Harvard Alumni Seek Inspirational MBA Stories

Posted by: Francesca Di Meglio on December 30, 2009

Few people are looking forward to the new year as much as most MBAs. In 2009, MBAs got a bad rep for the role that some of them played in the economic crisis. MBAs are looking for a clean slate. Harvard Business School (Harvard Full-Time MBA Profile) MBAs, Daniel Gulati, Oliver Segovia, and John Coleman, are hoping to usher in hope in 2010 with a new book, they recently told the Harbus, the HBS student newspaper. The trio is spearheading a new book featuring 30 young Harvard MBAs and their inspirational stories.

Reimagining Leadership: How a New Breed of MBAs Is Rebuilding Capitalism from Within is expected to be about the evolution of leadership and will feature “reflections on issues central to leadership, business, and globalization in the 21st century,” according to the article.

Gulati, Segovia, and Coleman are encouraging recent Harvard MBAs to come forward with their inspirational life stories for consideration to be among the 30 featured in the book. While some MBAs might have been greedy and got caught up in the frenzy on Wall Street and elsewhere, Gulati said in the article, there are still many MBAs doing good work:

Many journalists have accused Harvard Business School alumni as being arrogant and greedy. This really reinforces negative, false stereotypes. But it also hides the fact that there are a lot of young people doing some really great things in the world right now, in their own startups, in the financing space, for the environment, in huge companies and in the non-profit sector.

One way, the creators add, to remind people of the positives that MBAs can bring to society is publishing a book like this one. Leave your nominations for MBAs who represent a new breed of businesspeople in the comments below, whether they are from HBS or another program. Feel free to nominate yourselves, too.

Reader Comments

Vamsi Tetali

December 30, 2009 10:57 PM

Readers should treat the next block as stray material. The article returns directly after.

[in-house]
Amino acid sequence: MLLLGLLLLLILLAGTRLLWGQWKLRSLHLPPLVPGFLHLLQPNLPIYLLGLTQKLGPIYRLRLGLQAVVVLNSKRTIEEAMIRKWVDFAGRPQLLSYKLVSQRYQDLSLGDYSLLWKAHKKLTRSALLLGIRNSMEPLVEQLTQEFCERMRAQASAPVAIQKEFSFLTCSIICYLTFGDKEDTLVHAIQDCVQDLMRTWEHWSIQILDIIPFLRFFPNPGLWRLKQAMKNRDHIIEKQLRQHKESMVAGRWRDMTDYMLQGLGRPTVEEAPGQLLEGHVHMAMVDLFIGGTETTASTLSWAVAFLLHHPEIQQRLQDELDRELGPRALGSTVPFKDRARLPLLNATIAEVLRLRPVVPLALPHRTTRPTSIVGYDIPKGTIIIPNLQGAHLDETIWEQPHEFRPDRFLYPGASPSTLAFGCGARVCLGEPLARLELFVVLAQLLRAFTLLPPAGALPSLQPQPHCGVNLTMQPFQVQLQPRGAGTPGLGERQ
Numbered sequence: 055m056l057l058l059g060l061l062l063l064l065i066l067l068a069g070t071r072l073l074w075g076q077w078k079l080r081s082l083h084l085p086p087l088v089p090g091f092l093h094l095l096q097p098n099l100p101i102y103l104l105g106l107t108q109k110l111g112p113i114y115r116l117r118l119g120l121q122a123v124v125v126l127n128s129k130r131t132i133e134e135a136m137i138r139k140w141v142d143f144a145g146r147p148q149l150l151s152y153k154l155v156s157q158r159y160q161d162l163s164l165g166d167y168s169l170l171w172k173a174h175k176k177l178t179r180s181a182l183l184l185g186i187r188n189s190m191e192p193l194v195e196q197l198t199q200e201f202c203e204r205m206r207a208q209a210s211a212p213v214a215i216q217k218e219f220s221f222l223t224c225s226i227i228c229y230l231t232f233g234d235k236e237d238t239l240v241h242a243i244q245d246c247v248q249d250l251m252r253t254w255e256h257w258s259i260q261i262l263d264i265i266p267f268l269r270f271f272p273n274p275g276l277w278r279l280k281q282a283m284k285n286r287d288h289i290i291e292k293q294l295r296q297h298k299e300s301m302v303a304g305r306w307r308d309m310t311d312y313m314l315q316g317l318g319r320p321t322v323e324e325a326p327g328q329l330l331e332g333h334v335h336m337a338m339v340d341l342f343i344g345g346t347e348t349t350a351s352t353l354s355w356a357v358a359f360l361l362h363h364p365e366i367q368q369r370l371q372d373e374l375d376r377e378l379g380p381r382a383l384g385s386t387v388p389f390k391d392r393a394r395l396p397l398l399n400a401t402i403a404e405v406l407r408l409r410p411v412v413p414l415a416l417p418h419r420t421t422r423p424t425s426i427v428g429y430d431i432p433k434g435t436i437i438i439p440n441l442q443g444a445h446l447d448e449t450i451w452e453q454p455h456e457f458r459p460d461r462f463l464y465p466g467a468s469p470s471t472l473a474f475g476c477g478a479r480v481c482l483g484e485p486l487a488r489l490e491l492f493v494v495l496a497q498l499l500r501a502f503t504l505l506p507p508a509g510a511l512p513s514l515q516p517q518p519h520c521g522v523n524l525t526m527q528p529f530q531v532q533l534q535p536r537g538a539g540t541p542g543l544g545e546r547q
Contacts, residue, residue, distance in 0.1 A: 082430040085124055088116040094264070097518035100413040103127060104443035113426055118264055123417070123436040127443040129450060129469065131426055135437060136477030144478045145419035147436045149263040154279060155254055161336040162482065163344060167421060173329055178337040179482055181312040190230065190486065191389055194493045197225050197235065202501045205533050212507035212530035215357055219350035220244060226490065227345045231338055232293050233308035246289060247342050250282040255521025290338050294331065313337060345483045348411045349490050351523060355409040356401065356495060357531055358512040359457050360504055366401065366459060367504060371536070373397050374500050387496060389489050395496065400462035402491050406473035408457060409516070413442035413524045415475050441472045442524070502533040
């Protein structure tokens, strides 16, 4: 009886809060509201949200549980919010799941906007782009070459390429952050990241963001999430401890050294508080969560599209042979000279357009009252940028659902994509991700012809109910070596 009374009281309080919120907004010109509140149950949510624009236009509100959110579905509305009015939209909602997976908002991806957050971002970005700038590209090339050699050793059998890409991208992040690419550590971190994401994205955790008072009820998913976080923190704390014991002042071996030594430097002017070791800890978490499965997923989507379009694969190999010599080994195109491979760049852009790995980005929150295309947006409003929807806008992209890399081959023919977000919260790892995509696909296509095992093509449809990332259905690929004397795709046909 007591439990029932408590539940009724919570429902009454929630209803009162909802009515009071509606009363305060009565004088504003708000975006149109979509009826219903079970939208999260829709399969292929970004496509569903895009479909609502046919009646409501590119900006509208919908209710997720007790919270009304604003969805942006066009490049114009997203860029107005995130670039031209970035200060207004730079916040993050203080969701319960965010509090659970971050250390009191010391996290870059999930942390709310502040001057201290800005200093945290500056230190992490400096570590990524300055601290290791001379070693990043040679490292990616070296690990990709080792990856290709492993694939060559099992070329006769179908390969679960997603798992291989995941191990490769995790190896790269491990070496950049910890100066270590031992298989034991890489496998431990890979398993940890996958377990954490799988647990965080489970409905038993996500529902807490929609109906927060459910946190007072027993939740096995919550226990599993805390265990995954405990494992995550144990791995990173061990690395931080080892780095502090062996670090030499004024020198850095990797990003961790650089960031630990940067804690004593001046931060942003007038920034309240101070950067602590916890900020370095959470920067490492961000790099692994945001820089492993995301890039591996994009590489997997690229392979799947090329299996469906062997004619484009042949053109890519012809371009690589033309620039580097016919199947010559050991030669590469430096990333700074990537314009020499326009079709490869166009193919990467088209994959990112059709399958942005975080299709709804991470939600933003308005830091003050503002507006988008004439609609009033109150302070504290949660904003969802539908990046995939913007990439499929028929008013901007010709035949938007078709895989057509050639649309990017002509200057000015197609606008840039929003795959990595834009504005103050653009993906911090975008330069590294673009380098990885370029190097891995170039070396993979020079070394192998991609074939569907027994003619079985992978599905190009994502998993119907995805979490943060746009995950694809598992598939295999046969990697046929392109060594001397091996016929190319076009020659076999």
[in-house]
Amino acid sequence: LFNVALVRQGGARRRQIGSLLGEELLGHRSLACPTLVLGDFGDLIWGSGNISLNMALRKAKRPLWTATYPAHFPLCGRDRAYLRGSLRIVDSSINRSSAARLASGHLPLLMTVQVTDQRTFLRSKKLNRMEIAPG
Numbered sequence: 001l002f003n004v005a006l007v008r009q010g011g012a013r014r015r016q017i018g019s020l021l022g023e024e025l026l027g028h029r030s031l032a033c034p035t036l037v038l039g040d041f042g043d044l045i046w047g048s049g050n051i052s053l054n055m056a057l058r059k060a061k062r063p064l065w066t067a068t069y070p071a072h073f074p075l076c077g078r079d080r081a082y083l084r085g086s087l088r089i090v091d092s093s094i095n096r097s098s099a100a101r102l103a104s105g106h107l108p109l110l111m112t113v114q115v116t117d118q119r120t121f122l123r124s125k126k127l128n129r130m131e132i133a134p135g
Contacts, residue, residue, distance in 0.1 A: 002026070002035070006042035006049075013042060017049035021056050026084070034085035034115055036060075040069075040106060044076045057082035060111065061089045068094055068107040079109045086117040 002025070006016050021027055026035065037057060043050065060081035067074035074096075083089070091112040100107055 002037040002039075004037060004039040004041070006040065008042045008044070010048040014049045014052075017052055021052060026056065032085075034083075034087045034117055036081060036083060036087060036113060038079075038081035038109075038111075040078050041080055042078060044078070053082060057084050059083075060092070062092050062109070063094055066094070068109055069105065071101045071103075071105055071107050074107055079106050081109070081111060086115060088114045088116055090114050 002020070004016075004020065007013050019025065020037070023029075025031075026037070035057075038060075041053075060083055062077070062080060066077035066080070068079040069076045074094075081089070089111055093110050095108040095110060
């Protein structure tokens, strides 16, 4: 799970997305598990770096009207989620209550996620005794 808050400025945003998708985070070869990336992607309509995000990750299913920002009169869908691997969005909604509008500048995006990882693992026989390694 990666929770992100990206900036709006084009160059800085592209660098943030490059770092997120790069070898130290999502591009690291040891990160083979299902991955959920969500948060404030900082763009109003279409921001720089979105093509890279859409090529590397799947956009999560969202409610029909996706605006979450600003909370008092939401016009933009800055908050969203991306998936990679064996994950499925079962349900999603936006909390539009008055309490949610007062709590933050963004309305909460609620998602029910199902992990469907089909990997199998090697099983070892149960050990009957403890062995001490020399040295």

Please stop saying MBAs have caused the economic crisis. The crisis was caused by a multitude of factors that evolved from government intervention. If you're committed to landing the blame on someone please conduct an independent objective investigation before you do so.

MBAs are the best and most intellectual among people. None of their actions could possibly be with the intention of causing mass economic hysteria.

Your magazine is an important representative of this set of people. Please do not insult and betray them by accepting the government's explanation for this economic crisis.

Doug

January 6, 2010 6:50 PM

Many MBAs are working for non-profit organizations and governments. Many (both graduates and students) do volunteer work in their spare time.

Doug

January 6, 2010 6:52 PM

I blame the Great Recession on the regulators (SEC, Treasury Dept, Fed Reserve Board) who allowed our commercial banks to fill their coffers with toxic assets.

blah

January 11, 2010 5:35 PM

MBAs are a bunch of lemmings incapable of leading the economy to such a point of disaster...collective greed and poor incentives/moral hazard are to blame...mba's are guilty in so far as they were clueless as to what was going on...

@Vamsi Tetali

March 23, 2010 9:40 PM

The Law of Karma also applies to MBAs.

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